PREVENTING OUR BEHAVIOR People also make mistakes in predicting their behavior. Dating couples tend to predict the longevity of their relationships through rose-colored glasses. Your friends and family usually know best, report Tara MacDonald and Michael Ross (1997). Among students at the University of Waterloo, their roommates were better predictors of whether their novels would survive than they were. Physicians were not very good at predicting whether they would do well on a test of surgical skill, but their colleagues in the program predicted each other's performance with amazing accuracy (Lutsky et al., 1993). So if you're in love and want to know if it's going to last, don't listen to your heart, ask your roommate. And if you want to predict your daily routine behavior (how much time you spend laughing, talking on the phone, or watching TV, for example), your close friends' estimates are likely to be at least as accurate as yours (Vazire & Mehl, 2008) .

One of the most common mistakes in predicting behavior is underestimating how long it will take to complete a task (called a scheduling error). The construction project for the Big Dig Expressway in Boston was supposed to take 10 years, and in fact it took 20 years. The Sydney Opera House is expected to be completed within 6 years; it took 16. In one study, college students who were writing a thesis were asked to predict when they would finish the project. On average, students finished 3 weeks after their 'most realistic' estimate and 1 week after their 'worst case' estimate (Buehler Sz Other, 2002). However, friends and teachers could predict what time these newspapers would be. Just as you should ask your friends how long your relationship is likely to last, ask your roommate or your mom if you want to know when your chores will be done. They could also do what Microsoft does: Managers automatically add 30% to the software developer's estimate of completion, and 50% if the project involves a new operating system (Dunning, 2006).

The Self in a Social World Chapter 2 47

So how can you improve your self-esteem? The best way is to be more realistic about how long tasks have taken in the past. Apparently, people underestimate how long something will take because they don't remember that previous tasks took less time than they actually did (Roy et al., 2005).

Are people that bad at predicting how much money they're going to spend? Johanna Peetz and Roger Buehler (2009) found that the answer was yes. Canadian students predicted they would spend $94 in the next week, but actually spent $122. Given that they spent $126 in the week prior to the study, their estimate should have been more accurate. When they returned a week later, they were still predicting they would only spend $85 the following week. Students who said they wanted to save money were more likely to predict they would spend less, but ended up spending the same amount as everyone else. Just as we think that we are going to finish tasks quickly, we think that we are going to save our money. The difficulty is in actually doing this. If Lao Tzu was right – “He who knows others is a scholar. He who knows himself is enlightened” – so most people seem to be more educated than enlightened.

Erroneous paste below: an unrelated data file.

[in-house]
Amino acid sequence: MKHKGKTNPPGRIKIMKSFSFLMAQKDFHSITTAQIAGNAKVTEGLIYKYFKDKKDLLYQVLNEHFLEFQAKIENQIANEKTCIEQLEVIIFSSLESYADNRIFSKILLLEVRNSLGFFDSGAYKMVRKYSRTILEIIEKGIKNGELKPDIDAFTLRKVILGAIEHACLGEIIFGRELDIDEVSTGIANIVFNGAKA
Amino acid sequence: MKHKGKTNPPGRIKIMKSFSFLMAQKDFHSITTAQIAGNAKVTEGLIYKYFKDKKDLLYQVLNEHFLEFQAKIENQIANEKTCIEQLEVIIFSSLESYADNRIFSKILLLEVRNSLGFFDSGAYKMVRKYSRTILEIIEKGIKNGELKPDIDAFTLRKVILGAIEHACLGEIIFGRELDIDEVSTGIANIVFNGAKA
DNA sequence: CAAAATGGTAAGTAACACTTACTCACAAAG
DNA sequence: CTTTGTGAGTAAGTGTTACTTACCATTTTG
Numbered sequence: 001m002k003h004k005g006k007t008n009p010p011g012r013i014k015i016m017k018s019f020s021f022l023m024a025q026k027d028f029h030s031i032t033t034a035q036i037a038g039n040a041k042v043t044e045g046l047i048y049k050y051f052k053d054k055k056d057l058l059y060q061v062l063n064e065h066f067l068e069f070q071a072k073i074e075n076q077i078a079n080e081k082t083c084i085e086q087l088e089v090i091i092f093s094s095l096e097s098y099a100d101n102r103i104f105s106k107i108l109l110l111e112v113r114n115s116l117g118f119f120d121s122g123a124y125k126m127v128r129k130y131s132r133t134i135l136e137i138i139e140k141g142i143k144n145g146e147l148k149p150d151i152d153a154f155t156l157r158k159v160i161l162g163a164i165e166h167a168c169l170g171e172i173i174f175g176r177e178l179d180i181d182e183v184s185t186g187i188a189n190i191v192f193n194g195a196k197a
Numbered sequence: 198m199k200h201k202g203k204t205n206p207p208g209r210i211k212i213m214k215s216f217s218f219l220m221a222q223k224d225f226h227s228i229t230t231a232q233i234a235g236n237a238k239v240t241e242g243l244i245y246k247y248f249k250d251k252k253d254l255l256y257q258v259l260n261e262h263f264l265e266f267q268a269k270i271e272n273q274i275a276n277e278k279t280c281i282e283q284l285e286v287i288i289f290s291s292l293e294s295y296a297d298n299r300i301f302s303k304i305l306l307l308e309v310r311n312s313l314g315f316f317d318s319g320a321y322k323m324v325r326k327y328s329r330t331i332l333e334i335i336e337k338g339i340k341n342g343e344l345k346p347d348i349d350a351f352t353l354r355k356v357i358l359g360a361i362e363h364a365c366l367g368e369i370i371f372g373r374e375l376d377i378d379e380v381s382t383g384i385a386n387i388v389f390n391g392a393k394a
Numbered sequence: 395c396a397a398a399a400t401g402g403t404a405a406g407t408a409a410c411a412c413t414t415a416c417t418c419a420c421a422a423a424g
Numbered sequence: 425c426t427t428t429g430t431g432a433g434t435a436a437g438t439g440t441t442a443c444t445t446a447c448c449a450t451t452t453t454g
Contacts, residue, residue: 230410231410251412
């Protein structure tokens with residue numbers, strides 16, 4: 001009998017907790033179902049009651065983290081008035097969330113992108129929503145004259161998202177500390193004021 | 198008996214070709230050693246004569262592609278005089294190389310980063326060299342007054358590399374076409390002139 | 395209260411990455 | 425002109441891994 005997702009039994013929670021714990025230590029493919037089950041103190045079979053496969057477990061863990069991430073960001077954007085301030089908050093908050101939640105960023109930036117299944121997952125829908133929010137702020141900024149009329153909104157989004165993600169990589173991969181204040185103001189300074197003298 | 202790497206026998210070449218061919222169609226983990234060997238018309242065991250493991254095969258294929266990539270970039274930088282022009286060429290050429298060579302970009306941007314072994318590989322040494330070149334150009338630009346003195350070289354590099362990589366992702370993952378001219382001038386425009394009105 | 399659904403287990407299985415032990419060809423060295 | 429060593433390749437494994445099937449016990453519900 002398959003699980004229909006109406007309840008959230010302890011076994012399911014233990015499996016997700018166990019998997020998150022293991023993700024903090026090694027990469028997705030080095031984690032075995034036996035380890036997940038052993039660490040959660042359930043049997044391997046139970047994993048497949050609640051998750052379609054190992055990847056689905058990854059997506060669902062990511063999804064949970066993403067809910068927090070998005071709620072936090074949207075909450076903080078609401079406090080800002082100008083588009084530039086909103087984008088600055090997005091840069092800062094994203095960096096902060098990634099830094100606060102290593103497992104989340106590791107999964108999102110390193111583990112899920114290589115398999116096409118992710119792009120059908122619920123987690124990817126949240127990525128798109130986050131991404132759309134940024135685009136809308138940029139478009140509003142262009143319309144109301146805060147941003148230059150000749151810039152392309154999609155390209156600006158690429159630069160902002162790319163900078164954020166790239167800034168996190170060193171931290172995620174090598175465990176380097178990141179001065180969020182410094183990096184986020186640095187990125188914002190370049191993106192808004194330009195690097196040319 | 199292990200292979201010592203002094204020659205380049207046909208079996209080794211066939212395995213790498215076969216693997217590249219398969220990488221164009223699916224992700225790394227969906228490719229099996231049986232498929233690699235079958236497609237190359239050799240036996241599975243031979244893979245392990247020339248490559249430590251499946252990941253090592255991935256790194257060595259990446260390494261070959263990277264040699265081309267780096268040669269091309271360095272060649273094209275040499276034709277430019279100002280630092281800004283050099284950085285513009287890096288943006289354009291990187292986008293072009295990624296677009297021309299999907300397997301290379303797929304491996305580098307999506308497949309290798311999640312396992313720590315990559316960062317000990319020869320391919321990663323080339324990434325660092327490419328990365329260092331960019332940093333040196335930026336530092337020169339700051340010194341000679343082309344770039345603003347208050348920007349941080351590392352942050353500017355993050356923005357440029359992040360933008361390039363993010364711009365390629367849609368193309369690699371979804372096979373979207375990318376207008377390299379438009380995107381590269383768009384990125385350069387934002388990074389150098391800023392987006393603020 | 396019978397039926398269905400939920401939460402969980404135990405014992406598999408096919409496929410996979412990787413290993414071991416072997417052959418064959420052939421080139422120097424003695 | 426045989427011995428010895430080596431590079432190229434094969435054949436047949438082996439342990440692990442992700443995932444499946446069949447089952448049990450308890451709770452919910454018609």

Predicting behavior, even your own, is no easy task, which is why some people turn to a tarot card reader in hopes of getting help.

PREVENTING OUR FEELINGS Many of life's big decisions involve predicting how we will feel in the future. Would marrying this person lead to lifetime happiness? Would it be a satisfying job to join this profession? Would this vacation be a happy experience? Or would the more likely consequences be divorce, job exhaustion, and a botched vacation?

Sometimes we know how we're going to feel: if we fail the test, we win the big game, or we relieve our tension with a half-hour run. We know what excites us and what makes us anxious or bored. In other cases, we may mispredict our responses. When asked how they would feel if asked about sexual harassment in a job interview, most women interviewed by Julie Woodzicka and Marianne LaFrance (2001) responded that they would be upset. However, when these questions were actually asked, women were more likely to experience anxiety.

Studies on "affective prediction" show that people have more difficulty predicting the intensity and duration of their future emotions (Wilson & Gilbert, 2003). People incorrectly predicted how they would feel some time after breaking up, receiving a gift, losing an election, winning a game, and being insulted (Gilbert & Ebert, 2002; Loewenstein & Schkade, 1999). Some examples:

When guys get sexually aroused by erotic pictures and then experience a passionate dating scenario where their girlfriend tells them to "stop," they admit they can't stop. Unless sexually arousing images are shown first, they are more likely to deny the possibility of being sexually aggressive. When you're not aroused, it's easy to mispredict how you'll feel and act when you're aroused, a phenomenon that leads to unexpected displays of love during lust, unwanted pregnancies, and repeated abuse by sex offenders who swear "never again." Hungry shoppers make more impulse purchases (“They would be delicious!”) than customers who have just eaten a one-pound blueberry muffin (Gilbert & Wilson, 2000). When we're hungry, we mistakenly predict how disgusting those deep-fried donuts will be when we're full. When we're full, we may underestimate how delicious a donut with a late night glass of milk can be, a purchase whose appeal quickly fades after we've had one or two.









Mine is Mine, 1886

48 Part One Social Thought

Impact bias Overestimation of the lasting effects of emotional events.

"Crying may last through the night, but